Fall Arts Celebration: MultiMedia I: Art & Design and School of Communications Faculty Celebrate Grand Valley State University's 50th Anniversary (12 Photos)
Fall Arts Celebration Opening Reception September 15, 2010
Friday, August 27 to Friday, October 1, 2010 - New works in a wide range of media including animation, installation, metals, painting, photography, printmaking, sculpture, textiles, video and works on paper by current tenure track faculty. This exhibit will be presented in two parts. The faculty participating in this first exhibit are: Anna Campbell, Jill Eggers, William Hosterman, Ann Kiester, David Rathbun, Barbara Roos, John Schmit, Lorelle Otis Thomas Anthony Thompson, Victoria Veenstra, Richard Weis, Paul Wittenbraker, Ed Wong-Ligda, and Renee Zettle-Sterling.
Fall Arts Celebration: Mystic India, Land of Color and Tradition: Folk Art and Miniature Paintings from Grand Valley State University (15 Photos)
Fall Arts Celebration Opening Reception October 7, 2009
Monday, October 5 to Friday, October 30, 2009 - India is the second most populous country in the world with over one billion people. It has successfully managed to preserve their culture and traditions through a myriad of invading foreign influences, including central Asia and various European countries. More than 60 pieces of Indain art were on exhibit in the GVSU Art Gallery, including minature court life painting, sculptures of major deities, multicolored folk art, and intricate inlaid marble works. The exhibition focused on the stories and legends reflecting India's diverse cultures, as told through her many traditional art forms. The artwork shown in Mystic India was a selection from the university's collections acquired during the course of two visits with members of the GVSU Friends of Art. Their travels took them from Dehli to Agra, through the desert state of Rajasthan. Along the journey, they sought local art forms in paining, sculpture, carving, and other crafts.
Les Nabis: French Prophets of Modern Art, A Selection from the Robert L. Hoskins and Erwin A. Raible Collection of Fin de Siècle French Prints. A Gift of Elaine Rutowski Shay - exhibit opening (18 Photos)
Fall Arts Celebration: Separation as Together: Soonjung Hong and Eunmee Lee, Korean Ceramists at GVSU (10 Photos)
Fall Arts Celebration Exhibition Opening Reception - October 7, 2008
Tuesday, October 7 - Friday, October 31 - Renowned Korean artists presented work created during the first GVSU International Ceramic Workshop during this premiere exhibition. Lee enjoys rough and large installation work, whereas Hong likes very delicate work. Though different in their styles, they live and work together in Heyri, a cultural village in the Paju province of their native Korea. Both of these artists enjoy an international reputation for their fine craftsmanship and blending of ancient techniques with new and innovative methods.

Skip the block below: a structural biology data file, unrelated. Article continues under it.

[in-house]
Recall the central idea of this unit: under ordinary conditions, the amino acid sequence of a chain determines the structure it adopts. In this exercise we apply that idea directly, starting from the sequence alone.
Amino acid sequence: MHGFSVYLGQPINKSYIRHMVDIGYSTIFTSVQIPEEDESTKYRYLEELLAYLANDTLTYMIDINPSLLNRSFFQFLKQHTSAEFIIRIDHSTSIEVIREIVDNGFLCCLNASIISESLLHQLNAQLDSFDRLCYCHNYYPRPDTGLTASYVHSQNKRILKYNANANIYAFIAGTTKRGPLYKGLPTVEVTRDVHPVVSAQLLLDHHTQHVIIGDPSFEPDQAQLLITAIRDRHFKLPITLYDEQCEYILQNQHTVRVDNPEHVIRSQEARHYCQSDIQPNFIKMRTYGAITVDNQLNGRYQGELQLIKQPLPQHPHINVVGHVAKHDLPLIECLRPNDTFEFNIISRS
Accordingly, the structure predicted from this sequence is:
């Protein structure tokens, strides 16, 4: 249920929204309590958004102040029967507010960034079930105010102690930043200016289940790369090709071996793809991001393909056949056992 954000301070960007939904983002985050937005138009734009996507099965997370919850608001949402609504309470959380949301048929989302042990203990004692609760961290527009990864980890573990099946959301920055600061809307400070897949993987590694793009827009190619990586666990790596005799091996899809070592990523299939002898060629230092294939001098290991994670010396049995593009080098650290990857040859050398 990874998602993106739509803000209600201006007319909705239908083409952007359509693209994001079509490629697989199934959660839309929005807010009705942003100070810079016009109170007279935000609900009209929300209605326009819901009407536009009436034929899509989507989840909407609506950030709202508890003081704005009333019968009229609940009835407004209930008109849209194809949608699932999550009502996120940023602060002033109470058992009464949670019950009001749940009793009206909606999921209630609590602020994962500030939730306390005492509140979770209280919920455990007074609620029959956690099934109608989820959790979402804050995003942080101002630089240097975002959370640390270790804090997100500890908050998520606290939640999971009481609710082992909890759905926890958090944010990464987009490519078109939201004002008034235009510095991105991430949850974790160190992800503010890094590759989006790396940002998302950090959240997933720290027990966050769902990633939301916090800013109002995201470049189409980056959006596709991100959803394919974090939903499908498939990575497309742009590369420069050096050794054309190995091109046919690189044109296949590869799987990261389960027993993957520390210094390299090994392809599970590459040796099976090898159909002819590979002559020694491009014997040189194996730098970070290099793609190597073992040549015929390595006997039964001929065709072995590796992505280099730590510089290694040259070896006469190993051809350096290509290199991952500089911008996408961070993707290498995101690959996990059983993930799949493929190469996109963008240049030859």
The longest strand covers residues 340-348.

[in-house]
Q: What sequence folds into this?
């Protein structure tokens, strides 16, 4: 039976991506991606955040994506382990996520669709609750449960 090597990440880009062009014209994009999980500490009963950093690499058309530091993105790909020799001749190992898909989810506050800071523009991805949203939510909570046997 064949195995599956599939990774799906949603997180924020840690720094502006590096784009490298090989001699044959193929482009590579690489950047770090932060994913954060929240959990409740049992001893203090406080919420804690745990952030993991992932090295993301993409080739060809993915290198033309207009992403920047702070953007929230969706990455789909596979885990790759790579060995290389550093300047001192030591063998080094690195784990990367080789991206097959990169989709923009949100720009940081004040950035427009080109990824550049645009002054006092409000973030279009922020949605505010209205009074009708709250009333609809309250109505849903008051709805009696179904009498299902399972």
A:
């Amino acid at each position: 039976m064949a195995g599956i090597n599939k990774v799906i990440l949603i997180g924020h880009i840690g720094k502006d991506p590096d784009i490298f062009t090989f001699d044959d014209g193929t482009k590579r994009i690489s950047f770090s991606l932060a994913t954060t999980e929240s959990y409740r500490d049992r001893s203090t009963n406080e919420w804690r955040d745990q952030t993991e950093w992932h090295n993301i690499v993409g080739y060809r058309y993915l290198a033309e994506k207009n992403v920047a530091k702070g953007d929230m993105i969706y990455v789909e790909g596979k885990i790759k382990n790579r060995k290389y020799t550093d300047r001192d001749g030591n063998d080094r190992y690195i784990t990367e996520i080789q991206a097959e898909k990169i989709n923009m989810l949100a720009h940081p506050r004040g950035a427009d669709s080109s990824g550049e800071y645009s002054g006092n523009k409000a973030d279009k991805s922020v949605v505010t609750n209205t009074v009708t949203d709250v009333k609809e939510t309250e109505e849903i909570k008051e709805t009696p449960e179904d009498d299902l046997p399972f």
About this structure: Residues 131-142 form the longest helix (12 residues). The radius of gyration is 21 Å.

Separation as Together: Soonjung Hong and Eunmee Lee, Korean Ceramists at GVSU- Exhibition (7 Photos)
"Separation as Together: Soonjung Hong and Eunmee Lee, Korean Ceramists at GVSU." Renowned Korean artists present work created during the first GVSU International Ceramic Workshop during this premiere exhibition.
Exhibit Opening Reception on September 4, 2008.
Friday, August 22 - Friday, September 26 - The GVSU Art Gallery began a new season with an exhibit that payed tribute to both traditional and modern techniques in ceramics. Artists have been creating ceramics in Korea since about 6000 BC. This exhibit included ceramic art based on celadon from the Koryo Dynasty (918-1392) and buncheong from the Choseon Dynasty (1392-1910), as well as modern techniques. Lee has been coordinator of the ceramics program since coming to Grand Valley's Department of Art & Design in 2004. The Korean-born artist works primarily at performance-based installations, though his vast interest and experience in ceramics play a role in many of his projects. Of the many pieces created for the exhibit, one non-ceramic piece rose above the others. Hanging from the ceiling of the exhibit was a 12-foot submarine skeleton Lee fashioned from thin strips of bamboo, in part as a tribute to the bamboo tools used in ceramics. "A submarine is a special type of container whose shape resembles the traditional bottles of early Korean ceramics," said Lee. "I thought it would also be a fun way to make reference to the many pieces of ceramics on the sea floor from sunken ships that imported Korean ceramics to Japan centuries ago.